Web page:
Nightmare on Tottenham Court Road (Street)

There’s a creaking and a groaning in the night in Swindon. Head of multi-asset investments David Coombs is living with a ghost of retail past that not even store credit can bury.

Tube map focusing on Tottenham Court road station

In August 2019 Tracey and I ordered a dining room table from a fancy store on the above boulevard at a not insignificant cost. As we celebrate our second Halloween since then we still await a third table after the first two were delivered with clear defects.

We have had many visits from the store’s employees and even an independent assessor, yet we are still dining on a wobbly table. To cut a long story very short the store keeps blaming its suppliers, completely ignoring the fact that we purchased the table from them, not the suppliers. We constantly have to chase to get updates and it feels like the store is dragging its feet. I mean, it has been more than a year!

The customer is key

So why, other than for catharsis, am I sharing my retail nightmare with you?

For some time, we have banged on about customer experience being a key part of our analysis of our potential investments. Without customers, you don’t have a business. Obvious, I know. But – especially in the UK – many retailers seem to be forgetting that and giving their customers terrible service.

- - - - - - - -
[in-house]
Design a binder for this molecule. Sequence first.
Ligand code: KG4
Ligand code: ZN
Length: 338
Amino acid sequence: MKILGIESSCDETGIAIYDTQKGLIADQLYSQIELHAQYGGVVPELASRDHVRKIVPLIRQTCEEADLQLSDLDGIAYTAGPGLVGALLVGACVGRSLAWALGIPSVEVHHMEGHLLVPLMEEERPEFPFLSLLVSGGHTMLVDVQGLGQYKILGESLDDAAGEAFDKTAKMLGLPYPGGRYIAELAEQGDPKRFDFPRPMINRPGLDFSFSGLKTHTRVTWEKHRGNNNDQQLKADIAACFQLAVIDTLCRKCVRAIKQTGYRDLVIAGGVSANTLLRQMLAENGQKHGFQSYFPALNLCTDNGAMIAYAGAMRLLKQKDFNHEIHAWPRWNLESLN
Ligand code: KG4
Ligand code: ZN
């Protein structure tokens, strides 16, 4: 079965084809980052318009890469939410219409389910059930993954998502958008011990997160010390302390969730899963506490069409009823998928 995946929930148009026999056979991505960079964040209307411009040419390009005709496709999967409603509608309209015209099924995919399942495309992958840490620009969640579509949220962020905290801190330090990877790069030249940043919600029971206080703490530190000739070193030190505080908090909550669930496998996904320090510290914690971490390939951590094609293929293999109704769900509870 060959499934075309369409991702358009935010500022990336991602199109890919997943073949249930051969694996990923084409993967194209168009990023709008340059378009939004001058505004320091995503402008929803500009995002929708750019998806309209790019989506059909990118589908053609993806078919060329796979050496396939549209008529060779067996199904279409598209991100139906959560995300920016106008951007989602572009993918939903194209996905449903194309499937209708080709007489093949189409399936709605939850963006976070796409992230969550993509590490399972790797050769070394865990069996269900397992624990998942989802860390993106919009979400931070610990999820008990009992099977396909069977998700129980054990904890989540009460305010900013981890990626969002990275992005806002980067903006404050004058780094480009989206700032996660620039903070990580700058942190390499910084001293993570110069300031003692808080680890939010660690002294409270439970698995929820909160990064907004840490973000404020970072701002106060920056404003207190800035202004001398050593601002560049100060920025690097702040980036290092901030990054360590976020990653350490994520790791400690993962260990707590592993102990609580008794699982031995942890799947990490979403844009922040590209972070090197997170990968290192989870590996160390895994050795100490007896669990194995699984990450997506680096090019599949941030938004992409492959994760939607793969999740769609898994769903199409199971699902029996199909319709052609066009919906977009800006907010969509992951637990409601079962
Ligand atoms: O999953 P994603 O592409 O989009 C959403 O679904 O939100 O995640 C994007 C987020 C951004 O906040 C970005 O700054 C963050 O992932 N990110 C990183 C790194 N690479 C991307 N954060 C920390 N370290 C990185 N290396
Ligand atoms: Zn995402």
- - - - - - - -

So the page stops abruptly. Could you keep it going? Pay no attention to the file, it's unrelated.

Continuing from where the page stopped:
Sometimes, businesses can get away with treating their clients poorly – usually when there’s no alternative, like a water company or a specialised supplier of replacement parts. But even then, treat people badly enough and they will move their factory to get away from you, or replace their machines so they don’t have to deal with you anymore. Retailers are at the very tip of the pointy end of customer whims. Typically, there is no ongoing tie to their customers. They have to make shopping so pleasant, easy and enjoyable that the customer never thinks about looking for an alternative. This is the quiet underlying strength of Amazon: it’s no flashy boutique, yet I know I can buy in an instant, have it delivered tomorrow and returned the day after if it’s not what I ordered.

I can honestly say that my not-so-recent furniture purchase is my worst ever customer experience. And I have flown Ryanair. So no prizes for guessing whether I will be a repeat customer …

Retailers fighting the wrong ground

Because of this difficult environment, retail has generally been a bare area for our Multi-Asset Portfolio funds in the past few years. I think in many ways though, a lot of retailers have been bleating so much about the rise of Amazon and other ecommerce specialists, and the unfair playing field, that they have forgotten to look in the mirror.